My answer to this challenge is, that not only the children of wedlock, but also those of adultery, are a good work in so far as they are the work of God, by whom they are created: but as concerns original sin, they are all born under condemnation of the first Adam; not only those who are born in adultery, but likewise such as are born in wedlock, unless they be regenerated in the second Adam, which is Christ. As to what the apostle says of the wicked, that “leaving the natural use of the woman, the men burned in their lust one toward another: men with men working that which is unseemly;” he did not speak of the conjugal use, but the “natural use,” wishing us to understand how it comes to pass that by means of the members created for the purpose the two sexes can combine for generation. Thus it follows, that even when a man unites with a harlot to use these members, the use is a natural one. It is not, however, commendable, but rather culpable. But as regards any part of the body which is not meant for generative purposes, should a man use even his own wife in it, it is against nature and flagitious. Indeed, the same apostle had previously Romans 9:26 said concerning women: “Even their women did change the natural use into that which is against nature;” and then concerning men he added, that they worked that which is unseemly by leaving the natural use of the woman. Therefore, by the phrase in question, “the natural use,” it is not meant to praise conjugal connection; but thereby are denoted those flagitious deeds which are more unclean and criminal than even men’s use of women, which, even if unlawful, is nevertheless natural.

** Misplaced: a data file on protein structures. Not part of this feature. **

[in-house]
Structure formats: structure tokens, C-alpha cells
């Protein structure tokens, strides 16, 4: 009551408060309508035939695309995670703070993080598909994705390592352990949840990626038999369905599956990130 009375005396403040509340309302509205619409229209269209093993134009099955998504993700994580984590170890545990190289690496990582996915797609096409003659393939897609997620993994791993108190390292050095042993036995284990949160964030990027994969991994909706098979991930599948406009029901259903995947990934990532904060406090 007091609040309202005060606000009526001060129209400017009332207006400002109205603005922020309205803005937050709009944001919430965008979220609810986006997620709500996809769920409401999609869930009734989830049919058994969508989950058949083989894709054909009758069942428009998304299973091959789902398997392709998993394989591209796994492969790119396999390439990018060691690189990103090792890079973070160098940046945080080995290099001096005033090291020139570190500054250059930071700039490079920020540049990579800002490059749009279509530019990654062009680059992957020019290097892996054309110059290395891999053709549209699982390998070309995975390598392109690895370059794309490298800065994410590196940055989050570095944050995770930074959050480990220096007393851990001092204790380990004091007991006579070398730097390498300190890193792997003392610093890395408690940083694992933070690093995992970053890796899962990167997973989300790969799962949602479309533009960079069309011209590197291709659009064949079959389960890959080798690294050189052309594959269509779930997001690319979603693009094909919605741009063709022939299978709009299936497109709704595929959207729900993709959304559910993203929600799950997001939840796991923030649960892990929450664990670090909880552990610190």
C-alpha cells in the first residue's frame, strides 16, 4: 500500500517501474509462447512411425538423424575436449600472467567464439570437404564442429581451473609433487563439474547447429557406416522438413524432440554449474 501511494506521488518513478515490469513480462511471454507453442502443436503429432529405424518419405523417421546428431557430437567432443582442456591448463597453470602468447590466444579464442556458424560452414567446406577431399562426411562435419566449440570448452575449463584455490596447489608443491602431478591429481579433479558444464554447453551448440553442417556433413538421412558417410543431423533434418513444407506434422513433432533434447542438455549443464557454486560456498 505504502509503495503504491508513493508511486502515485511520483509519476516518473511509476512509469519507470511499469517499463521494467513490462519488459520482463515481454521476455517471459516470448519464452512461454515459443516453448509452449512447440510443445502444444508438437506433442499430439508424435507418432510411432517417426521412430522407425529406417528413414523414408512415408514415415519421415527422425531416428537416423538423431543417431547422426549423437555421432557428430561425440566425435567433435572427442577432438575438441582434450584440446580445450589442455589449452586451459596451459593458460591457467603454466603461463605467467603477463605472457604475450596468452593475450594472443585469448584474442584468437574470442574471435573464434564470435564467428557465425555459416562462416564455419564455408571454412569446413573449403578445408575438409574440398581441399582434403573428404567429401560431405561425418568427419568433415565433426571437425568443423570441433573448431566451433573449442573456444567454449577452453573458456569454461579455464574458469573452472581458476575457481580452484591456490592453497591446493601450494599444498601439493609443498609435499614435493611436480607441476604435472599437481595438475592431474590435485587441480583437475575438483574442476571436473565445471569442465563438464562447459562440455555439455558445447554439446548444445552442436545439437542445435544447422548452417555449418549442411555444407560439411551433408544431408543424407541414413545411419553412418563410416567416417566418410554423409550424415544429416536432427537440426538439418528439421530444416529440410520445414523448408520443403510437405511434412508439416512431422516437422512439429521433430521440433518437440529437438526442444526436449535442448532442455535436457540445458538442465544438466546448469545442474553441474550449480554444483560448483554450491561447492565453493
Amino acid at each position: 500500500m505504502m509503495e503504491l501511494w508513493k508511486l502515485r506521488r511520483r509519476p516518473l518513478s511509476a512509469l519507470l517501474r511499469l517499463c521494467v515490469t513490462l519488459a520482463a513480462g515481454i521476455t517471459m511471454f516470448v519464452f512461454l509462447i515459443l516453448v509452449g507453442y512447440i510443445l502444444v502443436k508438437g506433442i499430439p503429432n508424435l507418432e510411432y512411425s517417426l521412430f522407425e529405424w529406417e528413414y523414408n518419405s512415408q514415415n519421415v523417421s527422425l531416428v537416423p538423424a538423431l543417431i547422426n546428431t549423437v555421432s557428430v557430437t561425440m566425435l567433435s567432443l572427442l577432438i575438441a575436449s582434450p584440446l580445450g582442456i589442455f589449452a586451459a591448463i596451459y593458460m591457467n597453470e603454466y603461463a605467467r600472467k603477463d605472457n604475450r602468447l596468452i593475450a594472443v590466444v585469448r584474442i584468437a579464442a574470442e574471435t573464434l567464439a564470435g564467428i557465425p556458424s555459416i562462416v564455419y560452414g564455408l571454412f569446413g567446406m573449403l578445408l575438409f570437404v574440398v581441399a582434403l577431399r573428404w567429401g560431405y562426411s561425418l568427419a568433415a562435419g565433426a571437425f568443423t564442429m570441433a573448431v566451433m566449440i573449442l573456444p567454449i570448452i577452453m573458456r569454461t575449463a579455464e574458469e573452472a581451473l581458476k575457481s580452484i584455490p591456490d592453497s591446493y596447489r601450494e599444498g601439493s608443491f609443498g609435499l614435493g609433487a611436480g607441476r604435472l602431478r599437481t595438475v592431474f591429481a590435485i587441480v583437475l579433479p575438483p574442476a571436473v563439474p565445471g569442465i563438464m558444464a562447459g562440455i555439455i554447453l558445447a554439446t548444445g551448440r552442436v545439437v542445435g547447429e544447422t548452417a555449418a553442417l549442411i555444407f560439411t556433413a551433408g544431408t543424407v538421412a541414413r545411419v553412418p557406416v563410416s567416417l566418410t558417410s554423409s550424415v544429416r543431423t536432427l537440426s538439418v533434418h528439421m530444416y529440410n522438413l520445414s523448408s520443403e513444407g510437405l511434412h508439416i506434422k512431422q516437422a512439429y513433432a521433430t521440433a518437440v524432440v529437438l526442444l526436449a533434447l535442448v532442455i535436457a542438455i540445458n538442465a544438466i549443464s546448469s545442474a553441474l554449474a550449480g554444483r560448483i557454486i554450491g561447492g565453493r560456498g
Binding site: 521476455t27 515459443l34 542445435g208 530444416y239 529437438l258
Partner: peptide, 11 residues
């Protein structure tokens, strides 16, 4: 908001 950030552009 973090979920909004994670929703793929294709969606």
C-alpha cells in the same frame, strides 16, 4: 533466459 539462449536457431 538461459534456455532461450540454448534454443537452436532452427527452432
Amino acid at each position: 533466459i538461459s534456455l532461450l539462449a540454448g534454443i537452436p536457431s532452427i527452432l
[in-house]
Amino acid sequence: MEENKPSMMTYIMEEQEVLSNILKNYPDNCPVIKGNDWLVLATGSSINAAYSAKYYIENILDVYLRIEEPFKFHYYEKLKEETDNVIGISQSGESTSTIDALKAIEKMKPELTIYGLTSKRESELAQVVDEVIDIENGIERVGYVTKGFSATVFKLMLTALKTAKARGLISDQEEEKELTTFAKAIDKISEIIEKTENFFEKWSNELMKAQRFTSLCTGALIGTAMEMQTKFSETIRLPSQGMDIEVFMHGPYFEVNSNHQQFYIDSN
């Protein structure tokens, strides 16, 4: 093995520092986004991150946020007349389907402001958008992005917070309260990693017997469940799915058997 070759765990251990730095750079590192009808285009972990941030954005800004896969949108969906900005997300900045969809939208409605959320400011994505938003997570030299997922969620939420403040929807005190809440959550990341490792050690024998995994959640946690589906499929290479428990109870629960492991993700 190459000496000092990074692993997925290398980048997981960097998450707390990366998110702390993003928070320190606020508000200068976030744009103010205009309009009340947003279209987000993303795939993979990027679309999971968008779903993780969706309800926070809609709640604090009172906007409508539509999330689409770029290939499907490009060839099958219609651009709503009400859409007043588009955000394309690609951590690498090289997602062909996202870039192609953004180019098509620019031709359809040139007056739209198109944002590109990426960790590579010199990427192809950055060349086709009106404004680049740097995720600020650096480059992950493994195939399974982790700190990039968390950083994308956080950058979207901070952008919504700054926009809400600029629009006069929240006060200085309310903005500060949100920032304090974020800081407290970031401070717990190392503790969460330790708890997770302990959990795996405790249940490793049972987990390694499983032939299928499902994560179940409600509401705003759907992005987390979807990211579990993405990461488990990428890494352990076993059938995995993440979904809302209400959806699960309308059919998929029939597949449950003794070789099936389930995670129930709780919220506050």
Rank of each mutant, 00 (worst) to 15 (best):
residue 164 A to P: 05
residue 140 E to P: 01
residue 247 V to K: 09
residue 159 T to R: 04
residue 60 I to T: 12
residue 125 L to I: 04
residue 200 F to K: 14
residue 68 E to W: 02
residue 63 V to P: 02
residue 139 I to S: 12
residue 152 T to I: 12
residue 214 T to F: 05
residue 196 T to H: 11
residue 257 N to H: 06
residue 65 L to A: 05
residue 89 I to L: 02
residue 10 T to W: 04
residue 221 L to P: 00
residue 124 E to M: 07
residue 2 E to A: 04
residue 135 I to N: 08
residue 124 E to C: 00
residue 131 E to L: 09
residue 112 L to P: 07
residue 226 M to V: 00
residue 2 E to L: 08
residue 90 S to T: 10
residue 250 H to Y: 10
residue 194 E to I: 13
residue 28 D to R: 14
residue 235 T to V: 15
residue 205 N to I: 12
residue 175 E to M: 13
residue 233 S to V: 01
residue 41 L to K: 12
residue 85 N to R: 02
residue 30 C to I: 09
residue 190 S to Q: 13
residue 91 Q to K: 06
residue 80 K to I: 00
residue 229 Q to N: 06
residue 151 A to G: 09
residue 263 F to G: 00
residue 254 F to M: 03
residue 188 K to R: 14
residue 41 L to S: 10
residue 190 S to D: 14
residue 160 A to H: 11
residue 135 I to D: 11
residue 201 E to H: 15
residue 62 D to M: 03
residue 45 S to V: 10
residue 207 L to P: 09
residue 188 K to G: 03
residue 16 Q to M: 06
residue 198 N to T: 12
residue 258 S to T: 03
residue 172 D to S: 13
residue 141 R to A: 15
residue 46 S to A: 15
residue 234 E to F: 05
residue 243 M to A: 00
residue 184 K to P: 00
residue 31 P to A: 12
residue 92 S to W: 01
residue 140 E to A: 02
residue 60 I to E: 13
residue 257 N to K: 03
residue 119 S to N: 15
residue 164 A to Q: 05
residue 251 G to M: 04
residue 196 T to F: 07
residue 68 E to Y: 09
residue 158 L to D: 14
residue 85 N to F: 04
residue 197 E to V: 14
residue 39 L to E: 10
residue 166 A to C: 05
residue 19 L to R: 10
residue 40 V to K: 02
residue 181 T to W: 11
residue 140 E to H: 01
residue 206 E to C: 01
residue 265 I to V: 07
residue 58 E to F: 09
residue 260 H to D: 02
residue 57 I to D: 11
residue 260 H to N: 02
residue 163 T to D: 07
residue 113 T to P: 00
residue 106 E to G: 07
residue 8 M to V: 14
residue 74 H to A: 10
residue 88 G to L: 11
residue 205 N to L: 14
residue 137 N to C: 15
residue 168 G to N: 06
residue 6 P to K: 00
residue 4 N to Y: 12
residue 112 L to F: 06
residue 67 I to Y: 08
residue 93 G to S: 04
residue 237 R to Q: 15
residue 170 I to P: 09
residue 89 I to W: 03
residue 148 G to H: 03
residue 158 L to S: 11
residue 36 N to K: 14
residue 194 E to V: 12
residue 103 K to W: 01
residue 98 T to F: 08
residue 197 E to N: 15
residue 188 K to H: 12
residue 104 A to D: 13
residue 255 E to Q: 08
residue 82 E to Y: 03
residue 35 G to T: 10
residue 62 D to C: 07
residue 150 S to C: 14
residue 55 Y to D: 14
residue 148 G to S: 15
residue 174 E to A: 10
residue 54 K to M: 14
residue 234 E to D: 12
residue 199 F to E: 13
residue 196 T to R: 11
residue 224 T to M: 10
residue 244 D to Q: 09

From that it is unclear whether Augustine is referring solely to heterosexual anal sex or to lesbian sex, but note that if you take the anal sex line (which you seems to be doing) then the logical outworking is that Augustine condemns male anal sex and casts great doubt on any sex which is not by its nature procreative, which pretty well rules out all homosexual activity.

      And note Augustine’s subtle argument here – sexual acts are good not if they result in procreation but if they are the same “natural” act which can result in procreation. All other acts for him are not natural and therefore not what God intends us to do. So even with your interpretation Augustine still comes out against homosexual activity.

      So over to you – let’s have the references for Aristides, Clement and Anastasios.

      • http://www.gaychristian101.com/Romans-And-Shrine-Prostitution.html Rick Brentlinger

        Riding your anti-gay hobby horse, you cannot deflect what apparently is an innate characteristic – the irresistible urge to link homosexuals to child molesters .

        You are marginally more clever than some by cloaking your link in the guise of an ebophilic argument. How unsurprisingly dishonorable of you.

        Interpreting Romans 1:26-27 as condemning lesbians and gays is to ignore the cultural, historical and religious context Paul weaves into his Romans argument.

        I commend you for at least giving lip service to the fact that Cybele worship WAS a factor in Paul's argument, when you write:

        "it is absolutely true that such sexual practices occurred in Rome, there are two flaws in the argument that Paul is only addressing the cultic practices around Cybele worship and not using it as an example of a wider principle."

        "Romans 1 very likely is using the context of Cybele worship to illustrate a wider point about incorrect sexual practice. There are clear similarities between what Paul lists as pagan practices and the manner of worship in the temples of Cybele."

        "The point is this – while it is likely that Paul is using Cybele worship as an example…"